Opposite to what many people may think, being physically active is not necessarily complicated and it is not just good for your physical health, but it can be the ideal medicine for the brain too. Namely, a simple walk on a daily basis can help you keep a healthy weight, avert heart problems and type 2 diabetes, strengthen the muscles and bones, and enhance your mood, balance and coordination, thinking, and memory.
The Major Benefits of Walking
- Reduced risk of chronic illnesses
According to the American Diabetes Association, walking can decrease the levels of sugar in the blood and thus, minimize the chance for diabetes. A study from 2002 showed that participants who met the guidelines for physical activities had a 30 percent smaller risk of cardiovascular illnesses when compared to those who did not walk frequently.
- Healthy and beautiful legs
As Meghan Rabbitt explains, with age comes a higher risk of varicose veins. But, if you regularly walk, you will avert the appearance of these unpleasant lines. This is because walking makes the secondary circulatory system (comprised of muscles, veins, and valves in the calf and foot and it pushes blood up to the heart and lungs) stronger by preserving leg muscle, which results in a better blood flow and toned legs. People who already have this health problem can decrease the swelling and discomfort in the legs by introducing a 30-minute daily walk, Rabbitt also adds.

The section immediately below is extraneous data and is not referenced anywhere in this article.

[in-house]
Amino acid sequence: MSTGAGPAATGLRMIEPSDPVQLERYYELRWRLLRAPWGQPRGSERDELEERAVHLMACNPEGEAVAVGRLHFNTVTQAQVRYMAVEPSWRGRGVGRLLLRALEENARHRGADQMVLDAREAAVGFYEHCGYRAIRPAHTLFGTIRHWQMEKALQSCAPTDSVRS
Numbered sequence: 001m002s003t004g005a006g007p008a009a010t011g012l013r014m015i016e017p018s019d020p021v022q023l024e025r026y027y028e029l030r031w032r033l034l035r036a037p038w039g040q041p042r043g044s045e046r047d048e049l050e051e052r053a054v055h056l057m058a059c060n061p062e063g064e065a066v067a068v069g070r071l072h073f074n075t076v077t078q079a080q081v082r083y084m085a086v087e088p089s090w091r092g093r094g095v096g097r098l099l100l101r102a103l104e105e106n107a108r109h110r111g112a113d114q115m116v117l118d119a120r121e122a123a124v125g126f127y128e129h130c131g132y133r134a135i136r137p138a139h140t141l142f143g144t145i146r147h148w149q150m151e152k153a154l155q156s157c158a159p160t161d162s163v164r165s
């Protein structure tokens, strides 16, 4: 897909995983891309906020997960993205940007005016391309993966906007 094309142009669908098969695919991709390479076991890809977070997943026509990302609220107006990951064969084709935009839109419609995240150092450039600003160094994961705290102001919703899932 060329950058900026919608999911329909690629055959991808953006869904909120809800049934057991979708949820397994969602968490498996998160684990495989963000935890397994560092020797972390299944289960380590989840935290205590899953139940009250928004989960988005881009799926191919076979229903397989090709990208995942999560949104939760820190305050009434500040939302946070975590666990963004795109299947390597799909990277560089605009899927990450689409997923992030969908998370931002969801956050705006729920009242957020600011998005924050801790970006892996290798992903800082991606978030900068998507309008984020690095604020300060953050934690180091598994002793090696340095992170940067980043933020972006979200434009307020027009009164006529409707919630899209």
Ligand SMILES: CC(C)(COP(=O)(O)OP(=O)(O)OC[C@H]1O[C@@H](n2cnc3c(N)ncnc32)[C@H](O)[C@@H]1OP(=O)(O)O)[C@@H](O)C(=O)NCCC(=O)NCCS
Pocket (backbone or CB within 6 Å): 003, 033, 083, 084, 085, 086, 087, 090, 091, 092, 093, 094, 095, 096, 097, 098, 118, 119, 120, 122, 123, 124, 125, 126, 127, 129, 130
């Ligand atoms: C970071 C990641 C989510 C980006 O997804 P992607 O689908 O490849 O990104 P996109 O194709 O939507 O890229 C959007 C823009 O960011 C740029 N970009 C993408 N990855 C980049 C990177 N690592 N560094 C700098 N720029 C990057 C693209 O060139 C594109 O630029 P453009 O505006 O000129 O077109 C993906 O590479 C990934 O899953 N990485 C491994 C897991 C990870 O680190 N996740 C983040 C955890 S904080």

- Regular bowel movements
Morning walks can be more helpful in bettering your gastric mobility than a cup of coffee. Movement is known to utilize the abdominal muscles and core and to keep the gastrointestinal tract going.
- Weight loss
As explained on Prevention, introducing daily walking to your life can help you lower your waist circumference. This is a result from the improved response of your body to insulin, which in turn decreases belly fat. Walking will get the fat moving and speed up the metabolism by burning calories and averting loss of muscles, which is crucial as we age.
- Decreases the risk of Alzheimer’s